Other than watching Shane McElrath and Cooper Webb win their first main events of 2019 (this was also Webb’s first ever 450SX main event win), watching Chad Reed out there at 36 years old was pretty cool. This is obviously his farewell tour as I cannot see him coming back in 2020. If you can, I think you should try and get to a SX this year to see Reed race at least one more time. On Saturday evening Reed rode pretty good in the opening main event, then while waiting on the gate for the second main event his bike malfunctioned and he was forced to sit and watch. Then, in the third main event he brought the crowd to its feet when he almost holeshotted, ran fourth for most of the 12 minute race, and then had to settle for fifth after Ken Roczen passed him. Whether it was the normal format or the Triple Crown format, Reed’s fifth was pretty amazing. Hopefully he can get through these remaining west rounds in one piece, and then find a little more consistency in the east. Flying back and forth to these western rounds from Charlotte has to be hard on him. Look for his soon to be 37 year old body and mind to be a lot fresher after San Diego when his travel is less each weekend.
Being at Anaheim 2 also gave me a chance to speak with and watch Jess Pettis ride. After two successful rounds, Pettis came into Anaheim excited to have his best finish to date. Unfortunately, the flu bug caught up with him last week and he spent all of Thursday in bed trying to get better. By Saturday, he had shaken the flu but was still feeling a little weak. During practice and qualifying Pettis appeared to be struggling just a little with his timing and overall feel. Anaheim 2 was a difficult time to not be 100% as the afternoon qualifying sessions decided whether you were going to the night show or not. In the end, Pettis logged some good lap times and made it to the night show and the three 250SX main events. I felt like Pettis got better as the day and the night went on as his best race was the final main event of the evening. Although he’s slightly off the pace of the Top 5 right now, with a little more testing and experience, he will no doubt find more comfort and more speed. One of the great things is that he continues to get good starts so at least he’s up in the mix early in the main events. On Saturday night I thought he got stuck behind riders like Chris Blose early in the main events, and that allowed other riders to stay close. The track at Anaheim 2 was entertaining to watch, but it did look a little hard to pass as the riders always seemed to funnel back to the same line. At this point, though, it’s still a steep learning process for Pettis and he should be much better this weekend in Oakland.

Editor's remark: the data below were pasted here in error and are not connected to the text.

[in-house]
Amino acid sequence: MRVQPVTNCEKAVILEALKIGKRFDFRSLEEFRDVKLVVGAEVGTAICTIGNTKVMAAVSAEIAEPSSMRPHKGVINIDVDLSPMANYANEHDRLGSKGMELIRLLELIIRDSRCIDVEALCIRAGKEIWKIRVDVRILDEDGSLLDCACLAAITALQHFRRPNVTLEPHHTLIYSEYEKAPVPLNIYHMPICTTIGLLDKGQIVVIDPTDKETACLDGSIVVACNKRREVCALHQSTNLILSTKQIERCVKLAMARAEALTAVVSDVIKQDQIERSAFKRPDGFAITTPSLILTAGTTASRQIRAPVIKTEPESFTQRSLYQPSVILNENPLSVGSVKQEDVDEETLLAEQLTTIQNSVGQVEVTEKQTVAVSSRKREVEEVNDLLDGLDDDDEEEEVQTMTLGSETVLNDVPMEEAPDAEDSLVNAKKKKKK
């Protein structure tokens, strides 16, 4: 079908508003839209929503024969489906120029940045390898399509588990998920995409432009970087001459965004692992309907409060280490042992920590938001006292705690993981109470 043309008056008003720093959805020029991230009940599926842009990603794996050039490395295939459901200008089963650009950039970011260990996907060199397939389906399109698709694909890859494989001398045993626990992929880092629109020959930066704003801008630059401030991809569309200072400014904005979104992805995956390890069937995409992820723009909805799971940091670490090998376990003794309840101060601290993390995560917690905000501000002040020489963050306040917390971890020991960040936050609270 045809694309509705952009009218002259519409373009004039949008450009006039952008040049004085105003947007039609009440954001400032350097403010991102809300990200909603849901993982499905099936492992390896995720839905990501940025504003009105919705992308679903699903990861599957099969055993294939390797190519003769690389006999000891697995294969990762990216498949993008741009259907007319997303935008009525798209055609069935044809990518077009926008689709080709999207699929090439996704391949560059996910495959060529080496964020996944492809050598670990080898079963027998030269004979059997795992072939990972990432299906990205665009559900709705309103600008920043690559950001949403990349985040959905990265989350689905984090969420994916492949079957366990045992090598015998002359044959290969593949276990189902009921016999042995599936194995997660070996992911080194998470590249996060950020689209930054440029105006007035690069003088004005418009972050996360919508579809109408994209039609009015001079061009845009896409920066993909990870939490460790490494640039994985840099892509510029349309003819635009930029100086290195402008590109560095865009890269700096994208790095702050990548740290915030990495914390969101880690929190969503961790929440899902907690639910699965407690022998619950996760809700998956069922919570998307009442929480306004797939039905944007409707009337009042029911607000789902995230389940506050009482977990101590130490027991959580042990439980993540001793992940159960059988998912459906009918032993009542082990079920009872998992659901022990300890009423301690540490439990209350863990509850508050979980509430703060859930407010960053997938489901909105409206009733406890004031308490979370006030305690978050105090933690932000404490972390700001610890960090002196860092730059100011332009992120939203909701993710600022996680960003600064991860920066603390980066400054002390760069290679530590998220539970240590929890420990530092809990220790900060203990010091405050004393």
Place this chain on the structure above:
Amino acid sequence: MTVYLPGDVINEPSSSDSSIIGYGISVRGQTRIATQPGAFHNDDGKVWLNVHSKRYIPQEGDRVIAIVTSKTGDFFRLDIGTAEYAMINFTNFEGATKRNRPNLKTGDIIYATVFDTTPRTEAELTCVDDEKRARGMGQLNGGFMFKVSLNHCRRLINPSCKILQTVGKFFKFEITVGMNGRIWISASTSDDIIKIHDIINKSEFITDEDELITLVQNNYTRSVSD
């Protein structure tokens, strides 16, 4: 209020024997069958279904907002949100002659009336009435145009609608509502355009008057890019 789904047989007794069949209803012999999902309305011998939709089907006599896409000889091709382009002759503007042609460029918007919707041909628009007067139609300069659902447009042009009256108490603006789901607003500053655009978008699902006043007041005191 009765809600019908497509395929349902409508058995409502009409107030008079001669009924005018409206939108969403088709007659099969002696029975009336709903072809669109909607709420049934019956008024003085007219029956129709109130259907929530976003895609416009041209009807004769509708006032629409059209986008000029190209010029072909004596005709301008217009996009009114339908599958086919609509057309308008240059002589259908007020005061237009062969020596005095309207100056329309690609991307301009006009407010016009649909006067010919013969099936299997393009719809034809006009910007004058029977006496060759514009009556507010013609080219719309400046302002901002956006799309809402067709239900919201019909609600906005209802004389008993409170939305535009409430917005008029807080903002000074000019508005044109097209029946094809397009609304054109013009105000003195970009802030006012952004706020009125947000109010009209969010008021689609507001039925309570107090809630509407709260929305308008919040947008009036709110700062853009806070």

Well, that’s it for me this week. As I write this I’m sitting in LAX waiting to fly back to freezing cold Ontario. Look for more Anaheim 2 coverage from me this week as I have a lot to go over. Before I go I want to send best wishes to Blake Savage. Blake raced in Canada for a few years and since then he’s been not only Ken Roczen’s training partner, but also Roczen’s brother-in-law. Blake was a massive help to Roczen during the past two years while he recovered from his two arm injuries. Well, in an awful turn of events last week, Blake crashed while riding and broke his back in three spots according to his Instagram. As of now, Blake has no feeling from his chest down. However, doctors are hopeful that as this heals and the swelling goes down, he will get feeling back. Anyway, heal up Blake and we’re all thinking of you! I hope everyone has a safe week and thank-you for reading this week’s Honda Canada Racing Monday Gate Drop.